Disclosures of self-harm among teenagers have risen 30 per cent
in the past year, figures from ChildLine reveal.
The children’s charity counselled more than 4,000 young
people through its helpline in 2003-4. Of these, 91 per cent were
girls and 9 per cent boys.
The data, published as part of the first interim report of the
national inquiry into self-harm, reveals an average rise of 23 per
cent a year in the number of children speaking to ChildLine
counsellors about the issue over the past 10 years.
The inquiry, run by the Mental Health Foundation and The Camelot
Foundation, has found that most young people who self-harm never
reach the attention of services or professionals and that medical
advice is not sought unless treatment is required. Of those young
people who do seek help, many report negative experiences.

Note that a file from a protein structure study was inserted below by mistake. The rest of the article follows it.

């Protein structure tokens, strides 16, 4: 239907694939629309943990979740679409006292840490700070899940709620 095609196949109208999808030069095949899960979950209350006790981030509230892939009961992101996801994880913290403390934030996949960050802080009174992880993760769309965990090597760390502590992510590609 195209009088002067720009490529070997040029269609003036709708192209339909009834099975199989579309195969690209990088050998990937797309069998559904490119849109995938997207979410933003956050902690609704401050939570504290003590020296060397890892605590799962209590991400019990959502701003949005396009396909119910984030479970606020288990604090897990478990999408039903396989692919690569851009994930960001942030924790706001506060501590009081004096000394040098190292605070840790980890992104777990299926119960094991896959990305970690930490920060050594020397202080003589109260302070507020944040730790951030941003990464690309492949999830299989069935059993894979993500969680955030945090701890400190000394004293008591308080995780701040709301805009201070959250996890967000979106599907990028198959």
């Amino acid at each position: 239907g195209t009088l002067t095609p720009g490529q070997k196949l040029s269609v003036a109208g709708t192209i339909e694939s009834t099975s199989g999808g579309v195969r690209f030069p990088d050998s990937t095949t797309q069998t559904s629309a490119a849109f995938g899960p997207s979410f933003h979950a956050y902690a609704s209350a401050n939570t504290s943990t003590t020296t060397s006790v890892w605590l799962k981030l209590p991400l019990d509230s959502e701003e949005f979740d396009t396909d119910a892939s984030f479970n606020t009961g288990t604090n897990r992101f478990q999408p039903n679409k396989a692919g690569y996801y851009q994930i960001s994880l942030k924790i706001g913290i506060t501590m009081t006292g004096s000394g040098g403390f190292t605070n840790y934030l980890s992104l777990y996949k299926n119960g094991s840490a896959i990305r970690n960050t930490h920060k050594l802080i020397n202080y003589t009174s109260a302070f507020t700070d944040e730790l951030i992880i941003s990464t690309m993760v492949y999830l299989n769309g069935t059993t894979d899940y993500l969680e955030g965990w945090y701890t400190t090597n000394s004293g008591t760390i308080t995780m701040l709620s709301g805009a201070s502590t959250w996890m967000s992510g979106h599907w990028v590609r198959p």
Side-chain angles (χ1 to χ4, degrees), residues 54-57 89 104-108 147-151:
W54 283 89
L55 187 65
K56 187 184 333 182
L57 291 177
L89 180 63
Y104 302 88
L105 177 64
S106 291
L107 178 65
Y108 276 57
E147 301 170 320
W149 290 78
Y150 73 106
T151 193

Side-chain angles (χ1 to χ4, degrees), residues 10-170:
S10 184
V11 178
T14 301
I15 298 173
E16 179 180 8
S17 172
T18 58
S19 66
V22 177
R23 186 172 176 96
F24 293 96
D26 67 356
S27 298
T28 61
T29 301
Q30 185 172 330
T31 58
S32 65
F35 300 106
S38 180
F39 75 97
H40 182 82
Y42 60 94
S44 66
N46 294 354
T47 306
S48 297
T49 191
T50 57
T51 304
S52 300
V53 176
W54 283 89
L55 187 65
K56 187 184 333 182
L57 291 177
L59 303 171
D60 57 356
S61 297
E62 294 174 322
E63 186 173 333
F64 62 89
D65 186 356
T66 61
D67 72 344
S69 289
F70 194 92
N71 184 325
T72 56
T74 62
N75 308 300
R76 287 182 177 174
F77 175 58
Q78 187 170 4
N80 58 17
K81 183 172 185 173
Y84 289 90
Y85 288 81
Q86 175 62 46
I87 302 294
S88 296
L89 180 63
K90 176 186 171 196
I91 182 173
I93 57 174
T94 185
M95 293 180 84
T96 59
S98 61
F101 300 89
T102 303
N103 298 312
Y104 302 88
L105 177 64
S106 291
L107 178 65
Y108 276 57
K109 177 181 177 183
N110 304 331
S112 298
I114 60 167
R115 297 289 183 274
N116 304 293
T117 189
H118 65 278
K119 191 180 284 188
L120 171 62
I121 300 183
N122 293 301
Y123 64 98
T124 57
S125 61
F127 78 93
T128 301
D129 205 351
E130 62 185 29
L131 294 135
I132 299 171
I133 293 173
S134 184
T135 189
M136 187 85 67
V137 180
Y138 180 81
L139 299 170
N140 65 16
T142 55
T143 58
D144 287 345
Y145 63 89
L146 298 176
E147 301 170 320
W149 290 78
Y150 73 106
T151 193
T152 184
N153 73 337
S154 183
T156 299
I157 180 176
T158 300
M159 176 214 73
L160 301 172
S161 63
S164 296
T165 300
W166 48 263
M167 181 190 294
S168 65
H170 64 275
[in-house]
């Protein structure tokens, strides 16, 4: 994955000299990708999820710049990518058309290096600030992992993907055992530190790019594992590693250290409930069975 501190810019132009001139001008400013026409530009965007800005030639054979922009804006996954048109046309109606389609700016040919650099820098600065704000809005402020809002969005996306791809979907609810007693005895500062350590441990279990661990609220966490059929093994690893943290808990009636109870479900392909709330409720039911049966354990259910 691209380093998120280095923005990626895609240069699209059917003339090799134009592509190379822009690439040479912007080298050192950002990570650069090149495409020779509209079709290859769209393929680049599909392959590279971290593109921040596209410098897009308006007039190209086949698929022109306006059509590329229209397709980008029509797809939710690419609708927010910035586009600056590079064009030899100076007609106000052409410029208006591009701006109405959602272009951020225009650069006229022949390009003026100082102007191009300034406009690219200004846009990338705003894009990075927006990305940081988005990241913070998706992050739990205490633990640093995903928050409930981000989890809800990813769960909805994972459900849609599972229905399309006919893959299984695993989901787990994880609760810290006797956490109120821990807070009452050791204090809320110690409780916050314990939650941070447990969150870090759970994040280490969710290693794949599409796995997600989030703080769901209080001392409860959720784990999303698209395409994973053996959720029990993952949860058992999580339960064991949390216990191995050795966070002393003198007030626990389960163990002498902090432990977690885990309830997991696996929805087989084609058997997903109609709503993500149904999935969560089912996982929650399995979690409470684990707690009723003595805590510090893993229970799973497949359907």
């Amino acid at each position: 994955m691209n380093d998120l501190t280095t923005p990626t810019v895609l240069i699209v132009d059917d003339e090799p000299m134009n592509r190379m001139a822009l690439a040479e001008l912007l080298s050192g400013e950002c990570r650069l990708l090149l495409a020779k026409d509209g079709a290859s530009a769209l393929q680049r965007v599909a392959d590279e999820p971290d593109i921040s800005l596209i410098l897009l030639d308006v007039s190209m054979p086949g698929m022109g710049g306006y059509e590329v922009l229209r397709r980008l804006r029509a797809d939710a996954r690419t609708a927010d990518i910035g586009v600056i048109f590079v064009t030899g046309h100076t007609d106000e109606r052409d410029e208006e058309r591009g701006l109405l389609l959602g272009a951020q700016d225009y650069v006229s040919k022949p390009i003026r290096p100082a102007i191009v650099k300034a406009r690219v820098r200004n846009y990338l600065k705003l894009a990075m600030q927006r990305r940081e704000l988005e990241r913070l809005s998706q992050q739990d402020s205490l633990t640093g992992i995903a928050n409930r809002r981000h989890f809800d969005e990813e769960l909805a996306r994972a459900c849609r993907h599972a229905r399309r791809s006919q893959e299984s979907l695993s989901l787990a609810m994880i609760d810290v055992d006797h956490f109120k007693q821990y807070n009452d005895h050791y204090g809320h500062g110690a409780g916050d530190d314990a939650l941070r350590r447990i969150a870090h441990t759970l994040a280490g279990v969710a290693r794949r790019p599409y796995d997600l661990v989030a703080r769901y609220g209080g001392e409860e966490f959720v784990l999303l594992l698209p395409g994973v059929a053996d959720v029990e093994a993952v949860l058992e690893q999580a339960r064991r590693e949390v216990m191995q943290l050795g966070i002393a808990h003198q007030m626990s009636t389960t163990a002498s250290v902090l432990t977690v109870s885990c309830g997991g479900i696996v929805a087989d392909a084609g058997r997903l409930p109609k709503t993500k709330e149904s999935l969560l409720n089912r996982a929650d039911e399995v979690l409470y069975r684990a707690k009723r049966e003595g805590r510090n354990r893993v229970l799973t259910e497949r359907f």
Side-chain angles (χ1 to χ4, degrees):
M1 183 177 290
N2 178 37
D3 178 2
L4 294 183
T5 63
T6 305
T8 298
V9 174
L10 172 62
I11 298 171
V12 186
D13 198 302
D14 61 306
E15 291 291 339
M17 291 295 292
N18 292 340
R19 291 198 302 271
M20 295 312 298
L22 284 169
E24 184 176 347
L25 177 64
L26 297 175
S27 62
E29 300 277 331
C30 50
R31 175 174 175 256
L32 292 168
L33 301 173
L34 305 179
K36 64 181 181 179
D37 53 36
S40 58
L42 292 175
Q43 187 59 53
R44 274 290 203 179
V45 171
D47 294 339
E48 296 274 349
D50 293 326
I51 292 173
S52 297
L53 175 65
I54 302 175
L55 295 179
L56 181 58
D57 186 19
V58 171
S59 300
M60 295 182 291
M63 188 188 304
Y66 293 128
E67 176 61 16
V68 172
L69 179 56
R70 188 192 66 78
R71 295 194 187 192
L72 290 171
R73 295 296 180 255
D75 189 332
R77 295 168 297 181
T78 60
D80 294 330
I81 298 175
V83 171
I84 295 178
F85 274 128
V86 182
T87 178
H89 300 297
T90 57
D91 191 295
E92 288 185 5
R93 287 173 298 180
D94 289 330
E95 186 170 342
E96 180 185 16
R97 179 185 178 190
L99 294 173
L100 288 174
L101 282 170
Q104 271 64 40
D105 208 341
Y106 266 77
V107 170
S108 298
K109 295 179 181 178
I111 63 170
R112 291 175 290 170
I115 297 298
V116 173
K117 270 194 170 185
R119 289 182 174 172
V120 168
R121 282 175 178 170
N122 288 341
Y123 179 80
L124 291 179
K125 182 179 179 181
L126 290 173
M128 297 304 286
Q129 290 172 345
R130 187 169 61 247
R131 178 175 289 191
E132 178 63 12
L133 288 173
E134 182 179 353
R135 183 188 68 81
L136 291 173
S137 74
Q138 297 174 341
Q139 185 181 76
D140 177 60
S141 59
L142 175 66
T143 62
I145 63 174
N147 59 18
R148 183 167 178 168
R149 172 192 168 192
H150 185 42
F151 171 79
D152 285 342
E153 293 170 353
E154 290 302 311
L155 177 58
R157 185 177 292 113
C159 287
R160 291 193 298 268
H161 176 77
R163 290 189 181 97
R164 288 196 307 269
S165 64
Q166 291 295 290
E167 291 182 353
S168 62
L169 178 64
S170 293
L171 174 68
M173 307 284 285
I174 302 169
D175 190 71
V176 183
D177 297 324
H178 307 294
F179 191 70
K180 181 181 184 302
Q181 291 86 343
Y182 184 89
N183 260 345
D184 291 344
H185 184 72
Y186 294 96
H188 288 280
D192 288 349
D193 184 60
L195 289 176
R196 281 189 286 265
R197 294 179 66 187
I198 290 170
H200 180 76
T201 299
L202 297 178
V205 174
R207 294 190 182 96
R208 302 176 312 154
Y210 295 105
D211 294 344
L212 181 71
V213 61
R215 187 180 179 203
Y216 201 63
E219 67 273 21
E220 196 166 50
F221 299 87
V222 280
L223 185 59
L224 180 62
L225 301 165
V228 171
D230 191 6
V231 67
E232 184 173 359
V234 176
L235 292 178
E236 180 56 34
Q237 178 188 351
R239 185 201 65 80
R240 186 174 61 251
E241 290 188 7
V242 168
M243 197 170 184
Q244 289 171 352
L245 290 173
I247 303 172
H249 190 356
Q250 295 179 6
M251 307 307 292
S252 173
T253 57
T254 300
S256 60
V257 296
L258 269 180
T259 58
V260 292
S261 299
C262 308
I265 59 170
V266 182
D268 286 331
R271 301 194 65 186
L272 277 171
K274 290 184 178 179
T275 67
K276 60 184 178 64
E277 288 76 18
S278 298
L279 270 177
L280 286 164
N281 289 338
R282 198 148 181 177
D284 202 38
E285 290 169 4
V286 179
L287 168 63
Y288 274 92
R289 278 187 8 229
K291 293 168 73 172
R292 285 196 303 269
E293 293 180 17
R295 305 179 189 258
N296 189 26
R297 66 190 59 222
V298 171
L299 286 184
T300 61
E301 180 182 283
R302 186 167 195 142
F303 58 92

The inquiry’s interim report finds that self-harm is often
used as a coping mechanism, with many of the young people who
self-harm lacking confidence and self-esteem.
Evidence submitted to the inquiry from ChildLine says children
who self-harm are struggling to cope with multiple problems in
their lives, including abuse, bullying, exam stress and family
ChildLine chief executive Carole Easton said: “We believe the
findings should provide the foundation for the provision of
services, therapy or treatment that will mean young people who
self-harm get the support and help they need.
“The experiences of ChildLine callers highlight the need for
directly accessible, widely available and well resourced child and
adolescent mental health services.”
The inquiry is due to finish by autumn 2005.
– Report from www.selfharmuk.org